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Walled garden
Dogtooth. Courtesy of Verve Pictures.

ence can be risked, and, in a chillingly clinical phrase, he tells the mother that he had been considering assigning the task [of meeting the sons sexual needs] to the elder one, before concluding that it would be better if the son seemed to come to this decision himself. The son does so but, once more, the ensuing sex between the siblings lacks any transgressive charge. While Fritzl was an horric example of what Jacques Lacan calls Pre Jouissance, the perverse Father who enjoys without limits, the obscene obverse of the Law, the father in Dogtooth is a rather different gure. He is not so much Pre Jouissance as Papa Dada. Dadaism delighted in exaggerating the pompous absurdity of the ceremonies that authority needs in order to legitimate itself, and Lanthimoss anatomization of patriarchal power in Dogtooth partakes of the same spirit of coldly savage caricature. The father in the lm is not the underside of the Law so much as its parodic extension. Everything in the familys worldfrom sex to language to the use of mouthwashbecomes subject to a precise ritualized control that becomes all the more ludicrous the more solemnly its arbitrary diktats are observed. One can only speculate about the fathers motives, since he is never called upon to give an account of them: the children naturally take for granted the bizarre situation in which they nd themselves, because they have always lived inside it; while, apart from Christina, the outside world remains

unaware of their predicament. Alone in the family, it is the ather who moves between the private and the public world, f traveling from his familial despotism to his job in a factory. Unlike someone like serial killer Ed Gein (a psychotic almost entirely detached from any kind of consensual reality), but like Fritzl, the father in Dogtooth can move easily between his abuse den of horrors and the public realm of work. The Fritzl case reminds us that the generic distinctions between realism and horror do not necessarily differentiate the plausible from the impossible; nor do such divisions belong only to cultural modes. Part of what was traumatic about the Fritzl case, in fact, was that it breached the shared social ction we use to make sense of the world. What erupted here was the obscene proximity of the unthinkablea proximity not only in physical terms (a house of horrors on an everyday street) but in terms of the structure of the social (incest and murder in the heart of the family). This is underscored in the tension between Dogtooths formal naturalism and its (apparently) Dada-like content. The camera lingers impassively, unobtrusively, as if it is performing a merely documentary function. There is neither a score nor any incidental music; all of the music is diegetically embedded. The actors are deadpan, undemonstrative. (At times, there is almost a feeling of reality TVand after all, in their isolation, in their submission to a cruel and trary regime, what do the children resemble if not Big arbi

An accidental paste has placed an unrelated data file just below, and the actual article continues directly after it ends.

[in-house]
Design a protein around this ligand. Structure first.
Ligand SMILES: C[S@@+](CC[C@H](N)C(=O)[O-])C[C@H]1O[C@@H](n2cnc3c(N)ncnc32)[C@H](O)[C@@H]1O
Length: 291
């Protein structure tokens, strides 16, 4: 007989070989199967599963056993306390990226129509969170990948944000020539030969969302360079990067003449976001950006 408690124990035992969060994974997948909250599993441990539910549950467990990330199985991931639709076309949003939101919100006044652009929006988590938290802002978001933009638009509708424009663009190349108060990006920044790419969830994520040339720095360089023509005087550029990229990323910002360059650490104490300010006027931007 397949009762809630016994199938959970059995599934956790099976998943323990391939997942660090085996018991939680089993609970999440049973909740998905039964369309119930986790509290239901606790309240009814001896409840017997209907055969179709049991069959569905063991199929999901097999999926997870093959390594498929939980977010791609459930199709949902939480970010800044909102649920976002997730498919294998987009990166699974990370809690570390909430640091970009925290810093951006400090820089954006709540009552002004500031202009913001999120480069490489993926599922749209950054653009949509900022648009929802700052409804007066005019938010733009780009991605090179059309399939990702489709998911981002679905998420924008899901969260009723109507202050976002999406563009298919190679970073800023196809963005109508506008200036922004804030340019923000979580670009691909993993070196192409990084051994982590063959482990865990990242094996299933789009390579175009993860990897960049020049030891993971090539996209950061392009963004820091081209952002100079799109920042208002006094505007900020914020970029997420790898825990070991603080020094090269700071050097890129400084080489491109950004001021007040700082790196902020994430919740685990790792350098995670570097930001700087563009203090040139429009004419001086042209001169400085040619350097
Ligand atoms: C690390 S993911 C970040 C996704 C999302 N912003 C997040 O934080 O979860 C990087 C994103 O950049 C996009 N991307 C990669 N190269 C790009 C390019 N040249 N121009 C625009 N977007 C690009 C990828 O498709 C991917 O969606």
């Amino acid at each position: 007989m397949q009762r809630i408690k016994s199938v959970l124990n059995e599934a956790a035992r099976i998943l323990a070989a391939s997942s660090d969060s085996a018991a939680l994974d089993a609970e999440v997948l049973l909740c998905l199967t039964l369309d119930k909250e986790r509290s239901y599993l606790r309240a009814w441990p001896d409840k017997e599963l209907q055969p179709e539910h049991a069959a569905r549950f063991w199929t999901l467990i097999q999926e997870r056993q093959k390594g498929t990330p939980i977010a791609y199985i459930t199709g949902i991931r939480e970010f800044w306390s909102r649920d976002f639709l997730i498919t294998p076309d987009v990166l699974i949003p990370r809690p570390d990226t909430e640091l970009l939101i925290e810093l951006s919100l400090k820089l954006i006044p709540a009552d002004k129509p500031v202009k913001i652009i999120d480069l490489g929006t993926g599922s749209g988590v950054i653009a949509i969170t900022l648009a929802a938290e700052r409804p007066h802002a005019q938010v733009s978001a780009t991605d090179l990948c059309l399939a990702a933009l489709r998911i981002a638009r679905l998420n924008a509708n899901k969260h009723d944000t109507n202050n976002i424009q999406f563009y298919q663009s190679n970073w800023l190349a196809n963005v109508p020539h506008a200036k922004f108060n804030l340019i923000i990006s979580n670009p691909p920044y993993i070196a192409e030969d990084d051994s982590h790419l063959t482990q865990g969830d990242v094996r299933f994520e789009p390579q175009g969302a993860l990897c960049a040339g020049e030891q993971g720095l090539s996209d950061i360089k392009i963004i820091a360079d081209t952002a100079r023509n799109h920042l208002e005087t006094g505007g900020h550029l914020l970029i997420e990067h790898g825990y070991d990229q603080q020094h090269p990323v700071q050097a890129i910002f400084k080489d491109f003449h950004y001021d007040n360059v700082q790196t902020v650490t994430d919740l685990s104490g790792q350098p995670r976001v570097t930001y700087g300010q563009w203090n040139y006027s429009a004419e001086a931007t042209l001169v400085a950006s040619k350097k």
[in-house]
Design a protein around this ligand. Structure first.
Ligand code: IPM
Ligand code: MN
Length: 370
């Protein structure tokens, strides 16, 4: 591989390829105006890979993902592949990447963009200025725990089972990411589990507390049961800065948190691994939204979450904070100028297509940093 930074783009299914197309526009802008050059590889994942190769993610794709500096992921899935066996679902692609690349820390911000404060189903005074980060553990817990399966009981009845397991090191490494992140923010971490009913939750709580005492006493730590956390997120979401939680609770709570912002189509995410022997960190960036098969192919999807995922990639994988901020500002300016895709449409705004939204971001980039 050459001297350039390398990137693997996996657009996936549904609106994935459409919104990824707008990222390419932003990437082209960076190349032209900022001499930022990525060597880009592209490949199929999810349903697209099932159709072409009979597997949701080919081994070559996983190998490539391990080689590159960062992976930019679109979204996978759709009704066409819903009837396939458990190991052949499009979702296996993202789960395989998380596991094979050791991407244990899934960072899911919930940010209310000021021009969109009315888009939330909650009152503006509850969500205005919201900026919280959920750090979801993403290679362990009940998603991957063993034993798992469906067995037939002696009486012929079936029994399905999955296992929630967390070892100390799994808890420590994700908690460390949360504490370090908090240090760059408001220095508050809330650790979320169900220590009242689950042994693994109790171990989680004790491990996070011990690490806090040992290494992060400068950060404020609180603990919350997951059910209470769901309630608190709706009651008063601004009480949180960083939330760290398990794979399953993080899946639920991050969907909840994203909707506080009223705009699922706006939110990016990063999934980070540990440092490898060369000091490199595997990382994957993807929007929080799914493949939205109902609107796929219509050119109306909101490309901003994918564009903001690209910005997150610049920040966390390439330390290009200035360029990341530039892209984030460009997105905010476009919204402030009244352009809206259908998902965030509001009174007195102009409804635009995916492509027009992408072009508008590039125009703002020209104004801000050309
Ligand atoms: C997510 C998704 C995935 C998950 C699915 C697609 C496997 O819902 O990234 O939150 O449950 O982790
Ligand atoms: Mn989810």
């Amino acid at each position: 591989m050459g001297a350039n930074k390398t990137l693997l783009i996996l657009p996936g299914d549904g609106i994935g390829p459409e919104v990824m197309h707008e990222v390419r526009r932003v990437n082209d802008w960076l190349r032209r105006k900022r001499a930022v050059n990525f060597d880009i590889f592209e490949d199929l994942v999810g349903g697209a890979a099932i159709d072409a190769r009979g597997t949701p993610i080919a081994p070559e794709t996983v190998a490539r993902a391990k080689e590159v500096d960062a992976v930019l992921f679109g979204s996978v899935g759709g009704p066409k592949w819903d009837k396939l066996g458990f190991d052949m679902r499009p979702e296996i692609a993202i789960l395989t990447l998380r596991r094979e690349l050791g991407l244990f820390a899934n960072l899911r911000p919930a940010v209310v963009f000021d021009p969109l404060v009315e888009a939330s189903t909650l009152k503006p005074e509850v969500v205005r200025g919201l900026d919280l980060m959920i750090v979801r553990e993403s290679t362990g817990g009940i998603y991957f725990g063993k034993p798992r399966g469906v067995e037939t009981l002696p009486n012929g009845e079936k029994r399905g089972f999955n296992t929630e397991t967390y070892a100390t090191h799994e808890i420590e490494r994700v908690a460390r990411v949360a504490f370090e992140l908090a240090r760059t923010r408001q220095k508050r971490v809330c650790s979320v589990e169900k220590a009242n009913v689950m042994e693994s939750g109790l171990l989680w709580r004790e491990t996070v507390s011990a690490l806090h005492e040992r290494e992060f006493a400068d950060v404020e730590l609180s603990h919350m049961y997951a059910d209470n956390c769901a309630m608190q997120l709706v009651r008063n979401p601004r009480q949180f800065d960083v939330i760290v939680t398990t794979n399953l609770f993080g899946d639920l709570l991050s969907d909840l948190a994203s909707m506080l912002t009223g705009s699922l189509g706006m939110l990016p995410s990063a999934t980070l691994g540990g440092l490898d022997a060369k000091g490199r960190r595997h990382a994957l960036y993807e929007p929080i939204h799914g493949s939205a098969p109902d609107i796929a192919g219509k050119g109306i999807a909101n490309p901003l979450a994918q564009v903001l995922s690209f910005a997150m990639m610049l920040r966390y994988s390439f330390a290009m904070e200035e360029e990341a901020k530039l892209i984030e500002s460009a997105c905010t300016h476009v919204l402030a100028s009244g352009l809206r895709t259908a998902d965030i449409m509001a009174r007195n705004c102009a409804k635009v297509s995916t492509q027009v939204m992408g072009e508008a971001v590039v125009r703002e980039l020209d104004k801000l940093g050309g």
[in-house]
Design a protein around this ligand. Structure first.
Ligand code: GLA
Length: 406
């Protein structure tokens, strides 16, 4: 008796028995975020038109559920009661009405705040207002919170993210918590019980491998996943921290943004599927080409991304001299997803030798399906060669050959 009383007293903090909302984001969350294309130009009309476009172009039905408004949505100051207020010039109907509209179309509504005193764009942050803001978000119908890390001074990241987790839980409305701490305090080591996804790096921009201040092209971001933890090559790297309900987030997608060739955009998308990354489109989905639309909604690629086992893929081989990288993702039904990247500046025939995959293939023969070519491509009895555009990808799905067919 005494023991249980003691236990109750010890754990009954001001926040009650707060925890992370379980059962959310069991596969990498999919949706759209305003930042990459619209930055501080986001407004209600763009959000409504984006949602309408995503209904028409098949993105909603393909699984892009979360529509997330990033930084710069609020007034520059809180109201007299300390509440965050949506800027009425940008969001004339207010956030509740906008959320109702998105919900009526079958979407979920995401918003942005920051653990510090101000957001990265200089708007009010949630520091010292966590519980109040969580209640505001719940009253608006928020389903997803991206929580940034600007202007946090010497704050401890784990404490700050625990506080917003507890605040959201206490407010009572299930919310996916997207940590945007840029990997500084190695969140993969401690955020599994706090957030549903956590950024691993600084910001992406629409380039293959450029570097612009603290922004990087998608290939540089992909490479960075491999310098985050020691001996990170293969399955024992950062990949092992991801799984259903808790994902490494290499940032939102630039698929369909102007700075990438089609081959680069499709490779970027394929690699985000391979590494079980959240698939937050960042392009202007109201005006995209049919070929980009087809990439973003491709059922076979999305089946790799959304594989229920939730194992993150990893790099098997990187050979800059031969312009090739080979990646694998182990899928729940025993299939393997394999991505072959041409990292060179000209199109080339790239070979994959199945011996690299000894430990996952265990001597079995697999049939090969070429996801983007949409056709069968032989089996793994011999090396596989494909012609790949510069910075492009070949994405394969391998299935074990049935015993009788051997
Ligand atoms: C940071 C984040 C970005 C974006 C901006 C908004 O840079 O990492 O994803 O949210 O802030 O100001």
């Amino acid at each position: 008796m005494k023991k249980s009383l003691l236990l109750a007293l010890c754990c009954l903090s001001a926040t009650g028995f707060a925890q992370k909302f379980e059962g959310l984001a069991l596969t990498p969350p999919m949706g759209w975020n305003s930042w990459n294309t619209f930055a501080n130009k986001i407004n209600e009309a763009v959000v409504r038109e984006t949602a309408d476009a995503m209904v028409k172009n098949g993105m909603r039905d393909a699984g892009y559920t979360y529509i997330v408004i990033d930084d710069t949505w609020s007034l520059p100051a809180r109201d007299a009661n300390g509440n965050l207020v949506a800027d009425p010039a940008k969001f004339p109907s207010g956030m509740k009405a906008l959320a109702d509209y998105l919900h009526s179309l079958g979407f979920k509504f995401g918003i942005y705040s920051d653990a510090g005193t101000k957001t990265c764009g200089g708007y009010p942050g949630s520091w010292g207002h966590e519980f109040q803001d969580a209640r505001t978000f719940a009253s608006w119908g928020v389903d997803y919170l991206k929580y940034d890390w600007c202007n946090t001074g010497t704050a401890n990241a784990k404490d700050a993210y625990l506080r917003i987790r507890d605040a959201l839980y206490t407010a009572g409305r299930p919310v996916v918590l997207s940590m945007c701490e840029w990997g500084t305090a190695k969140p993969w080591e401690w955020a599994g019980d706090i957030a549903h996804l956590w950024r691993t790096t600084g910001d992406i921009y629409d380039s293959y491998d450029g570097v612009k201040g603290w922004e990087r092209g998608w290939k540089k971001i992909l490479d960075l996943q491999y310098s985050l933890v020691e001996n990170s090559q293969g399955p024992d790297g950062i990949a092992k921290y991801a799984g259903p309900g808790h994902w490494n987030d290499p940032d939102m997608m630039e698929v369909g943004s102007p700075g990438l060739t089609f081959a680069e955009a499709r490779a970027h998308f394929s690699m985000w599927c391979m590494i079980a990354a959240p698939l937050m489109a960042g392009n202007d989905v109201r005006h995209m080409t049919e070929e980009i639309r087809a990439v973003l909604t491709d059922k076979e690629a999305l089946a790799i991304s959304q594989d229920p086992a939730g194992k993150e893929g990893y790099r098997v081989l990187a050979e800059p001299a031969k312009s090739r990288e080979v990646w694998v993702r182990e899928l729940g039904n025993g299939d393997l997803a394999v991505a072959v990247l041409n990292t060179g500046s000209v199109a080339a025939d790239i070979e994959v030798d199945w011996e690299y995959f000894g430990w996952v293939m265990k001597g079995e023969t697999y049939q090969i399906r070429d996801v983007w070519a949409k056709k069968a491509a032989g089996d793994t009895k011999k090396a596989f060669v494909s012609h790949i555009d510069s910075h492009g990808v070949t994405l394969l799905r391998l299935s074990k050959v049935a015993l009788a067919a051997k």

Papa Dada
Dogtooth. 2009 Boo Productions/Centre Cinematographique Greque/Yorgos Lanthiamos/Horsey Productions. DVD: Verve Pictures (U.K.).

Brother contestants, nowhere more so than when the father, after having set them a demeaning task, allows the winner to choose what the evenings entertainment will be, especially when that entertainment turns out to be watching a video of themselves?) In Dogtooth, only Christina is in a position to question the father, because only she has any inkling of the two worlds that he moves between. But, in her encounters with him, she remains always submissive, the passive object of his exploitation and his enquiries; practically every sentence he speaks to her is a subordinating question: Are you wearing that perfume I bought for you? Did you have a bath? Rather like an ostensibly conscientious employee who secretly steals stationery, Christinas acts of subversion take place when the boss cannot see.